Final cat update (promise)

Condi has used her litterbox – twice!

Mud is hissing at Condi and Maggie. Condi and Maggie are ignoring each other and Mud.

Maggie is still sneezing a lot.

Condi and Maggie slept under the bed last night and didn’t come out until this afternoon. They then took a recliner each and watched “The Pledge,” a creepy Jack Nicholson movie.

This is a picture of Condi after the movie.

I promise you that this will be the last cat article/picture until two of the three cats curl up together or rub noses.

More on the Elevator Incident

What do you call people like me? A ghoul? A rubbernecker? (bad choice of words, I suppose). It’s just that I seem to have a morbid fascination with the story about the doctor who had his head severed in the elevator. Over the past week there have been reports that he had a high alchohol level in his blood, and also that he tried to pry open the doors as the car was moving and attempted to step up into the elevator.

Of course, even if the above facts are true, all I can say is “So what?” That was a rogue elevator and the family will be compensated handsomely eventually.

Here’s this morning’s Houston Chronicle article. I’m pasting it here because they always disappear after 24 hours:

Aug. 30, 2003, 11:33PM
Report: Doctor’s actions disputed
Two witnesses differ over manner in which elevator accident occurred
Copyright 2003 Houston Chronicle

The doctor killed in a freak elevator accident at a downtown hospital tried to hold the doors open with his arms and step up inside while the car was moving, says another doctor who saw the incident.

That claim — and other witnesses’ accounts of what happened at Christus St. Joseph Hospital when Dr. Hitoshi Nikaidoh, 35, was pinned between the doors of Elevator 14 as it began to ascend Aug. 16 — are included in a Houston Police Department report obtained Saturday by the Houston Chronicle.

A physician’s assistant on the elevator at the time was unable to find the emergency stop button before Nikaidoh was killed, the police report states. Karin Steinau, 46, of Bellaire, was trapped in the elevator for about an hour until firefighters rescued her. Part of Nikaidoh’s head was severed in the incident and was found inside the elevator car, the police report says.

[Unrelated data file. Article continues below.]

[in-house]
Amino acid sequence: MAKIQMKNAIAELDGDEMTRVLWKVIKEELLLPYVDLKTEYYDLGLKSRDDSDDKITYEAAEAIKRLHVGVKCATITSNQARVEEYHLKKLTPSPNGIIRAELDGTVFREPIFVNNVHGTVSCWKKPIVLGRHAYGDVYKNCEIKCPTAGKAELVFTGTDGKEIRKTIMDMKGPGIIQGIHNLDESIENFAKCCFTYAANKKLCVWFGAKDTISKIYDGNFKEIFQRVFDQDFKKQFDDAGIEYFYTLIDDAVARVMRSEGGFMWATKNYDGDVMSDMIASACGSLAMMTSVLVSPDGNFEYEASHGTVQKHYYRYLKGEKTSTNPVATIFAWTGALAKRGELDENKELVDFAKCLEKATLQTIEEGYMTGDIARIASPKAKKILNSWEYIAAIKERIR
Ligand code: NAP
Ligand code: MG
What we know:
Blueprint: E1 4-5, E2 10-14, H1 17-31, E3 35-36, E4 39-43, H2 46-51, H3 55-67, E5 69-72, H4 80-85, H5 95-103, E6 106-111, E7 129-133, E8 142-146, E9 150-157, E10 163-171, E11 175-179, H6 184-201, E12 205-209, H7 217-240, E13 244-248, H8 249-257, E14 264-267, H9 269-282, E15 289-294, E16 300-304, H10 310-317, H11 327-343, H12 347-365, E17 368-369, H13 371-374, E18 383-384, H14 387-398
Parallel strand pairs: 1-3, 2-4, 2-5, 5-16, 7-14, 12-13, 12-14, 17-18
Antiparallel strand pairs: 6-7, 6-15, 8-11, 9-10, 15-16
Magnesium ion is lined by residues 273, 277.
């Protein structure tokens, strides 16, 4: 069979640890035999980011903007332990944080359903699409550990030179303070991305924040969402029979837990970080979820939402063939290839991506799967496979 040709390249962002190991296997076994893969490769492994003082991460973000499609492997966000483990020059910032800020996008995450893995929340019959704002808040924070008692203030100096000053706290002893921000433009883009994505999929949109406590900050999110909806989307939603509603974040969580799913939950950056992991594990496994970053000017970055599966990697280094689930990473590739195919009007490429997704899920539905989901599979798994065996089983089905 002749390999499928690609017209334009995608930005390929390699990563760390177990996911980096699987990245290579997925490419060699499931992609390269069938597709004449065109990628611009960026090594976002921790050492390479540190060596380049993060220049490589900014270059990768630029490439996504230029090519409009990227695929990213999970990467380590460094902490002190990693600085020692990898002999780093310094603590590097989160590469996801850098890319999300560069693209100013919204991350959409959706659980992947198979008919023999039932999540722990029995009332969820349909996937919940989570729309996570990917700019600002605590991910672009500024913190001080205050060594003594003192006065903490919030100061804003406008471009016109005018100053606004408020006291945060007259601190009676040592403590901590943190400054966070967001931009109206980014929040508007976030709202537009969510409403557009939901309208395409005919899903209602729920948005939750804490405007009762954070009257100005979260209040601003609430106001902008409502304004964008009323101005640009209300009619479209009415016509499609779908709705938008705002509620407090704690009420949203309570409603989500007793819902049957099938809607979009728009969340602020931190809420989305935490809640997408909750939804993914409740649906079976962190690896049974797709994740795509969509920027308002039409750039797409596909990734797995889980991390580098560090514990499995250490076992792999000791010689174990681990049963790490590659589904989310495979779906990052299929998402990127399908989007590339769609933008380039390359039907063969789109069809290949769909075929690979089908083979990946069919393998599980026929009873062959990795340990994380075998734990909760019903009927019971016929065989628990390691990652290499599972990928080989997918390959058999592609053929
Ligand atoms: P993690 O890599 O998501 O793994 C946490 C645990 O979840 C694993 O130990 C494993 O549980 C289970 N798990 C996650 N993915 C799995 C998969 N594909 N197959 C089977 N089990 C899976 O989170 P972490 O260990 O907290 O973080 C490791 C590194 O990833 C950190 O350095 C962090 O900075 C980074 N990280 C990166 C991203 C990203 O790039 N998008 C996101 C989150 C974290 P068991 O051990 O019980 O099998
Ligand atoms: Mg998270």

Attorney Howard Nations, who is representing Nikaidoh’s family in a suit against the elevator’s manufacturer and the company hired to maintain it, said allegations that Nikaidoh tried to step into a moving elevator are unreliable.

Steinau — who has said the elevator doors closed on Nikaidoh, trapping him as he stepped through the doorway — is the best witness to accurately describe what happened, Nations said.

“She’s only a few feet from him,” Nations said. “She is the only person who can see both Hitoshi and the operation of the doors.”

The federal Occupational Safety and Health Administration is investigating, and the U.S. Consumer Product Safety Commission has requested a copy of the police report.

Hospital officials said they have not seen the police report and were not aware of conflicting witness statements.

“I personally am not aware of the eyewitness stories. We want all of those involved in the investigation to complete their reports so that we can better understand what happened,” hospital spokeswoman India Chumney Hancock said.

In addition to massive head injuries, an autopsy found that Nikaidoh suffered broken ribs and spinal injuries.

Though the autopsy report said Nikaidoh had a blood-alcohol level of 0.10 percent when he died — enough to be considered legally drunk under Texas law had he been driving — the police report does not mention alcohol or intoxication.

Nikaidoh’s family disputes the autopsy’s blood-alcohol findings and is seeking independent tests of his tissue and blood.

Nikaidoh was on the second floor of the hospital’s George Strake Building at 1919 La Branch when he tried to get on the elevator around 10 a.m. that day. Dr. Canaan Harris — also on the second floor, standing outside the elevator — told police he saw Nikaidoh try to get into the car.

Harris left the hospital the morning of the accident before police could talk to him. But during an audiotaped interview at his private practice two days later, Harris told police he saw Nikaidoh approach the elevator and put his arms out, apparently trying to hold the doors open.

As the elevator was moving upward, Harris told investigators, Nikaidoh “put his leg up and tried to get into the moving elevator,” the HPD report states.

This caused Nikaidoh to be trapped by the elevator as it ascended, Harris told police.

Harris, 54, declined comment for this story when reached at his Nassau Bay home Saturday.